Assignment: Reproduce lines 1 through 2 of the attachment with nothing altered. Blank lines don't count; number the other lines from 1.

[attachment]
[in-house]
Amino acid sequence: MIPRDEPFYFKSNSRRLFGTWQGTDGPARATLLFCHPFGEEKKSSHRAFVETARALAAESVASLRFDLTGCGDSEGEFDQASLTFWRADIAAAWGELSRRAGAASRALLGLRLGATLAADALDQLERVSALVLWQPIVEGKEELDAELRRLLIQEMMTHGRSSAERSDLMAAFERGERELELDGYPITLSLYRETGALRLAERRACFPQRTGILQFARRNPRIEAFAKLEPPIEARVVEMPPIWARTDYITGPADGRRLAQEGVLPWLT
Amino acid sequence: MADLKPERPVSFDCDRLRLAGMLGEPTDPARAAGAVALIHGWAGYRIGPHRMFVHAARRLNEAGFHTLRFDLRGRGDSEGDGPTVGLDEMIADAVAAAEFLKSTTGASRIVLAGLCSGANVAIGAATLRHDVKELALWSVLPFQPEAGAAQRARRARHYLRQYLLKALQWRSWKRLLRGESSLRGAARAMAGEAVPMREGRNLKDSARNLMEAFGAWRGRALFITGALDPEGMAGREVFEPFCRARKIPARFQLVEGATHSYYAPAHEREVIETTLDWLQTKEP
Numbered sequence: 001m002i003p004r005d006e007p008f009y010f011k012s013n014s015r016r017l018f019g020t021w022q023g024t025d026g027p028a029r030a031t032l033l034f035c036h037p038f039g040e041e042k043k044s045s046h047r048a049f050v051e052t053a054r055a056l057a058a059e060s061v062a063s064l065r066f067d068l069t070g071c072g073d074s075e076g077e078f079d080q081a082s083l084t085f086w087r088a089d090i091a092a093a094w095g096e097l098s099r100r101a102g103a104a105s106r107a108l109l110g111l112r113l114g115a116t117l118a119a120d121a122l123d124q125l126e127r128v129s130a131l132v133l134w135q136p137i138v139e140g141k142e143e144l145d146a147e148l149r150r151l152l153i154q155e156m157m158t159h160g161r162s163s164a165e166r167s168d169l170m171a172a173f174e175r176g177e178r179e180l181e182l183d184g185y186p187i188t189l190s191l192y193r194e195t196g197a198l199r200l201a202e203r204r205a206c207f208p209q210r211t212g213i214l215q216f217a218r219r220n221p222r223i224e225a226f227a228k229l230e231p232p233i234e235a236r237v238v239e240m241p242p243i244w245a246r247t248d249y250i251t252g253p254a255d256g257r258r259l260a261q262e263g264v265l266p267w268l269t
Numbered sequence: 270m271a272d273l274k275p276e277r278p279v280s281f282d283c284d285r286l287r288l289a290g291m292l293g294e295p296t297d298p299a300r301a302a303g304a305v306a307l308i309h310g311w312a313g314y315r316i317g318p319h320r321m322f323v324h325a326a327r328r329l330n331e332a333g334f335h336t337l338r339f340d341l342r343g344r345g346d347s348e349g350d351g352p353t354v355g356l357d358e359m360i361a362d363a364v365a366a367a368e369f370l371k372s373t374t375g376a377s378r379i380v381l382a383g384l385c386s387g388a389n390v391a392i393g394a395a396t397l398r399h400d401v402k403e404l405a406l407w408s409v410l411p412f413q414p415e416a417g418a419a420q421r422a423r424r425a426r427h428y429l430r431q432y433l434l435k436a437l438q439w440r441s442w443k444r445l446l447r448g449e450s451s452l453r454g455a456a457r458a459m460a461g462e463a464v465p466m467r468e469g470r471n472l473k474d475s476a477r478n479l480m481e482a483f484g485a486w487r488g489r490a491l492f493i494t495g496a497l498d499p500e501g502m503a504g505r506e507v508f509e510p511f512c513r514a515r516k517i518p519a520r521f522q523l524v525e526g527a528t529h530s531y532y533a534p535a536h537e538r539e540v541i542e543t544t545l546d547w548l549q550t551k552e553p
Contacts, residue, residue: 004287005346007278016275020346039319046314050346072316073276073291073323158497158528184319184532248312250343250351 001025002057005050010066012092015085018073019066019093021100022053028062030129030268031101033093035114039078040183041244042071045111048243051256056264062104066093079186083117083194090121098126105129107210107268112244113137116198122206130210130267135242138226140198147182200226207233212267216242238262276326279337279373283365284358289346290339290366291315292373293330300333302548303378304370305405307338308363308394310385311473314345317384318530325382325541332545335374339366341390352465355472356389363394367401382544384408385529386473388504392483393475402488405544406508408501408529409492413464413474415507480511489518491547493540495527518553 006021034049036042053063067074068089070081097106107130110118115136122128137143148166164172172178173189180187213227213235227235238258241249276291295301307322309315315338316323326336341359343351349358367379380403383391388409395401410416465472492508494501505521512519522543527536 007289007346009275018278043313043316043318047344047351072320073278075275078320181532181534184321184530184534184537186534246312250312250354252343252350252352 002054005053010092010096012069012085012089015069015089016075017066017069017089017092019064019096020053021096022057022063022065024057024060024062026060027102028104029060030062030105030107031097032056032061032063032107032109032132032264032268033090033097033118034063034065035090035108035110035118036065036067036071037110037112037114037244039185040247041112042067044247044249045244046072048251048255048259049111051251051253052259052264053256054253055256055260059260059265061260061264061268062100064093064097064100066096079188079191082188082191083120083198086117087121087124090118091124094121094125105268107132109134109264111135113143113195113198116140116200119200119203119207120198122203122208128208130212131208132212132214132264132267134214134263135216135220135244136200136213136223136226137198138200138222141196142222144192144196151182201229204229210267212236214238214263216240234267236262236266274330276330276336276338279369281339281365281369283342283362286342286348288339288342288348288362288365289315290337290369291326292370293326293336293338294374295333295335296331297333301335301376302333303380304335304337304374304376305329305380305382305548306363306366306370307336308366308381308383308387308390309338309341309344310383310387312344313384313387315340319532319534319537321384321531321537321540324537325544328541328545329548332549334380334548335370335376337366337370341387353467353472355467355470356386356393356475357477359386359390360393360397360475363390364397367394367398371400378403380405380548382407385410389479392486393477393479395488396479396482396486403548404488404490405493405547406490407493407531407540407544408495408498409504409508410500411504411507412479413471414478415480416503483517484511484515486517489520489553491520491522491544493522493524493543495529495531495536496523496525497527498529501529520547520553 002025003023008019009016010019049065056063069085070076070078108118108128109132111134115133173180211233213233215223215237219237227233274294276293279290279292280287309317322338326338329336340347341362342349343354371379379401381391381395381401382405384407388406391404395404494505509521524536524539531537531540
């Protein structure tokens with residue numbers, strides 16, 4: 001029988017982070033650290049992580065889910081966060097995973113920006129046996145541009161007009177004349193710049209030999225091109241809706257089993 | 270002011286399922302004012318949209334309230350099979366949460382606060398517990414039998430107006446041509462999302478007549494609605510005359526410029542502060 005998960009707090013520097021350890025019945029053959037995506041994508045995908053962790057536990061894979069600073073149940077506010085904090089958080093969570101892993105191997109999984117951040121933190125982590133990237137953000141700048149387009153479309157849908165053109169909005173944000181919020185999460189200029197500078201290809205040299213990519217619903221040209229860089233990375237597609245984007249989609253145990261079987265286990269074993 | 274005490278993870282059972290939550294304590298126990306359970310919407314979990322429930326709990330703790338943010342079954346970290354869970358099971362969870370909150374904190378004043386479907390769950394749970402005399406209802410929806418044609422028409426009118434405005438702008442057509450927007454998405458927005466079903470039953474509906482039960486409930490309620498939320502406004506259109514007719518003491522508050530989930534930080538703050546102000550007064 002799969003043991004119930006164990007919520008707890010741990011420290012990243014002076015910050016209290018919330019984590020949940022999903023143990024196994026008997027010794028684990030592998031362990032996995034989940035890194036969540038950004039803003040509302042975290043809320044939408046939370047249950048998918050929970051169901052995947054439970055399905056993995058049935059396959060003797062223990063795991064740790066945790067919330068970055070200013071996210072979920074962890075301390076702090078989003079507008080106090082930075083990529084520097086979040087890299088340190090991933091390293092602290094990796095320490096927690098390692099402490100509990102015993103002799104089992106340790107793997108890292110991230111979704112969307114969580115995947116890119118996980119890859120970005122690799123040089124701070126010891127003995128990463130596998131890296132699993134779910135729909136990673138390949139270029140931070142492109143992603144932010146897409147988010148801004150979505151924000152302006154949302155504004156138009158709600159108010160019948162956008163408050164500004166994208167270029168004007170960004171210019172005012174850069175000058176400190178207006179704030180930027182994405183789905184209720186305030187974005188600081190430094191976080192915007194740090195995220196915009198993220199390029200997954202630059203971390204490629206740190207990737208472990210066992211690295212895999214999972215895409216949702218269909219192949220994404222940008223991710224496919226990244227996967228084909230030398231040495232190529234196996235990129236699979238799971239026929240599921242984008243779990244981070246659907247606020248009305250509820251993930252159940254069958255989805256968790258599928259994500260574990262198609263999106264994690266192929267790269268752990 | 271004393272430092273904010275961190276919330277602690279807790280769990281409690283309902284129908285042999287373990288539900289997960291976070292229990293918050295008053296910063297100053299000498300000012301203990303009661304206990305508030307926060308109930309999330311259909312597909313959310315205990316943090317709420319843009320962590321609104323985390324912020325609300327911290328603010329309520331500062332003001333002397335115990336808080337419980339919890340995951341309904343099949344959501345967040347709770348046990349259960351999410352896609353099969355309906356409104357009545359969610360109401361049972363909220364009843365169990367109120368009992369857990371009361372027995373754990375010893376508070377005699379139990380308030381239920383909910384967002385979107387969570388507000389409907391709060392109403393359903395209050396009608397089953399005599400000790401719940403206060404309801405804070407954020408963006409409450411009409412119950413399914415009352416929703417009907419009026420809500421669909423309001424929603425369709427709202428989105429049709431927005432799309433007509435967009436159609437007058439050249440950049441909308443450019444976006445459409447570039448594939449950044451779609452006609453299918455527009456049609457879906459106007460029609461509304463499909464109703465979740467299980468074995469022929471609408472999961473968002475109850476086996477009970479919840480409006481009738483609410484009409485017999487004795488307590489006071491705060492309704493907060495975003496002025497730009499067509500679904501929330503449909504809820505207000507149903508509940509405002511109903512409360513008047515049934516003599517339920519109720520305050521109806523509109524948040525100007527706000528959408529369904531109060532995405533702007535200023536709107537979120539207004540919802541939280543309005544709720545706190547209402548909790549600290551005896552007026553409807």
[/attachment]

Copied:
[in-house]
Amino acid sequence: MIPRDEPFYFKSNSRRLFGTWQGTDGPARATLLFCHPFGEEKKSSHRAFVETARALAAESVASLRFDLTGCGDSEGEFDQASLTFWRADIAAAWGELSRRAGAASRALLGLRLGATLAADALDQLERVSALVLWQPIVEGKEELDAELRRLLIQEMMTHGRSSAERSDLMAAFERGERELELDGYPITLSLYRETGALRLAERRACFPQRTGILQFARRNPRIEAFAKLEPPIEARVVEMPPIWARTDYITGPADGRRLAQEGVLPWLT